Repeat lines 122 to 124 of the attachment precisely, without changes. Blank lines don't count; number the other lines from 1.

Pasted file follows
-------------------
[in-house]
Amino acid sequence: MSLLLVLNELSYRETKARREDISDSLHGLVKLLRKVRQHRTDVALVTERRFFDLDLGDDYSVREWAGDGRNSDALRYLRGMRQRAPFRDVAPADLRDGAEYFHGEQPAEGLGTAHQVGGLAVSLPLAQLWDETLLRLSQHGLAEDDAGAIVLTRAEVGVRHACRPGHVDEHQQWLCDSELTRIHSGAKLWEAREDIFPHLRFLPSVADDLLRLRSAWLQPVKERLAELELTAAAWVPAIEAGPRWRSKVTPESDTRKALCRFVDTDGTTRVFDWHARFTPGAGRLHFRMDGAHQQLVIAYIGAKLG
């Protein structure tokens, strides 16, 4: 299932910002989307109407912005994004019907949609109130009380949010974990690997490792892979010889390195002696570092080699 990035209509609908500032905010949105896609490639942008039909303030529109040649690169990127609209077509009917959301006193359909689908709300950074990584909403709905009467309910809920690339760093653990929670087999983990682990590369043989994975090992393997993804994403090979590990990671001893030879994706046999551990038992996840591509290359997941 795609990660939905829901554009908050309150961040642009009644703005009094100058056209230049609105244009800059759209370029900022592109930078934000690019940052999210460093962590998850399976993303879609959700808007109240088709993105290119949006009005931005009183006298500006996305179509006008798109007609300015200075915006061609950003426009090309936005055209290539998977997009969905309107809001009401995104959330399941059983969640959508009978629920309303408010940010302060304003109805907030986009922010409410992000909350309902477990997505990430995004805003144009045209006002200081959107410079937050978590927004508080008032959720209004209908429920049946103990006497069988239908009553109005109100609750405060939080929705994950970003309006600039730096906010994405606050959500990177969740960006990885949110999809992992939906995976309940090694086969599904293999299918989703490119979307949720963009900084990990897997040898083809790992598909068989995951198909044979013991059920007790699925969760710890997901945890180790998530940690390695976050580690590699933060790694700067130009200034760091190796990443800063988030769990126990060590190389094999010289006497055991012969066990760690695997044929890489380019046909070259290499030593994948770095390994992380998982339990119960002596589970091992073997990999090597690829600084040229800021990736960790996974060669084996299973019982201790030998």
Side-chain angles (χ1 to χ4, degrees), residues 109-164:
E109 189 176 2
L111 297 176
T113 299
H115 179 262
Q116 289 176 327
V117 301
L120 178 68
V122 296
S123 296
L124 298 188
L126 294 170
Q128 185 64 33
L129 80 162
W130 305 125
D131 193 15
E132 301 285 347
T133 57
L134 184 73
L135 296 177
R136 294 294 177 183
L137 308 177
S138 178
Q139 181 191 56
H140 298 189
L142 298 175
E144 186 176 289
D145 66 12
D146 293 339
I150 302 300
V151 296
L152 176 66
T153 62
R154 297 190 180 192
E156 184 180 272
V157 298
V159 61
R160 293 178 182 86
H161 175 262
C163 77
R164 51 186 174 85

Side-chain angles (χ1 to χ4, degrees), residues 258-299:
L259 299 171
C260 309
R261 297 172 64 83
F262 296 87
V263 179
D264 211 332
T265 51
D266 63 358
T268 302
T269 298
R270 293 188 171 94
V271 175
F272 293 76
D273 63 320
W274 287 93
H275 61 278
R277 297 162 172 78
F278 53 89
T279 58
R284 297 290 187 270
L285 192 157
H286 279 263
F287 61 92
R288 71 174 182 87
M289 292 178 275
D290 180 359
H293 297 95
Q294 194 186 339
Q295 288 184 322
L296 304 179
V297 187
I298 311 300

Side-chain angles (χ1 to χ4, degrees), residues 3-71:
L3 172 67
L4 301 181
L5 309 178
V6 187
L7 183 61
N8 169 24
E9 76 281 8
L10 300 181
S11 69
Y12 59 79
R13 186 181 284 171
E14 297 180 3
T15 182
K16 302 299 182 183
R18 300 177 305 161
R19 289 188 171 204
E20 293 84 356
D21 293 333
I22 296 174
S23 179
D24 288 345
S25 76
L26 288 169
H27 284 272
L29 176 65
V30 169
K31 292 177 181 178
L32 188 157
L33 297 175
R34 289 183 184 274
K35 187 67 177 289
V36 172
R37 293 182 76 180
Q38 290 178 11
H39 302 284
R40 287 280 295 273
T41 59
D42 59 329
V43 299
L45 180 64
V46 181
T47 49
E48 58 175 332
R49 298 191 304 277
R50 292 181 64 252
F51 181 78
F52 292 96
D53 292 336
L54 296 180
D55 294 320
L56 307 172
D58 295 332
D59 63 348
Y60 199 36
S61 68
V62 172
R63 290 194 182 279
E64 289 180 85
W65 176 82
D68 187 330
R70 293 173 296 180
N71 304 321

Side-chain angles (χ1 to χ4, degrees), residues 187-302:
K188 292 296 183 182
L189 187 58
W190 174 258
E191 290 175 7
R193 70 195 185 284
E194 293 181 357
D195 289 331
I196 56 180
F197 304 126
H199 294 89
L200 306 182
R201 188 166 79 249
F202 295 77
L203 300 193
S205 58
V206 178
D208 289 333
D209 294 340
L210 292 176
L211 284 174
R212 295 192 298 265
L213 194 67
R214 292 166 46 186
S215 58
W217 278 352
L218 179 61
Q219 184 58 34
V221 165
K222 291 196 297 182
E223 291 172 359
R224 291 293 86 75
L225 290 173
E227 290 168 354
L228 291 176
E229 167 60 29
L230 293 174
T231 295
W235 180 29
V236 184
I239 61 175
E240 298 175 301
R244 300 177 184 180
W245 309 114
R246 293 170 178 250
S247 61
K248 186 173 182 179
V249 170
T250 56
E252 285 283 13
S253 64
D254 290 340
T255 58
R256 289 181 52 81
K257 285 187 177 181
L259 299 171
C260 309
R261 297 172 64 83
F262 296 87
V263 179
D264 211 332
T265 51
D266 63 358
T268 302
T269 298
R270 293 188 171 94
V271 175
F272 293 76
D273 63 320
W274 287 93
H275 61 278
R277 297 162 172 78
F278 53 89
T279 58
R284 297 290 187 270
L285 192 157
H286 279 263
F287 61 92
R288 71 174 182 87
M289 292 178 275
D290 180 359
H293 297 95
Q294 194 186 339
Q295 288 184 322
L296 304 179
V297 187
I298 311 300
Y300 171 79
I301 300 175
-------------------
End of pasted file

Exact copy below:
R49 298 191 304 277
R50 292 181 64 252
F51 181 78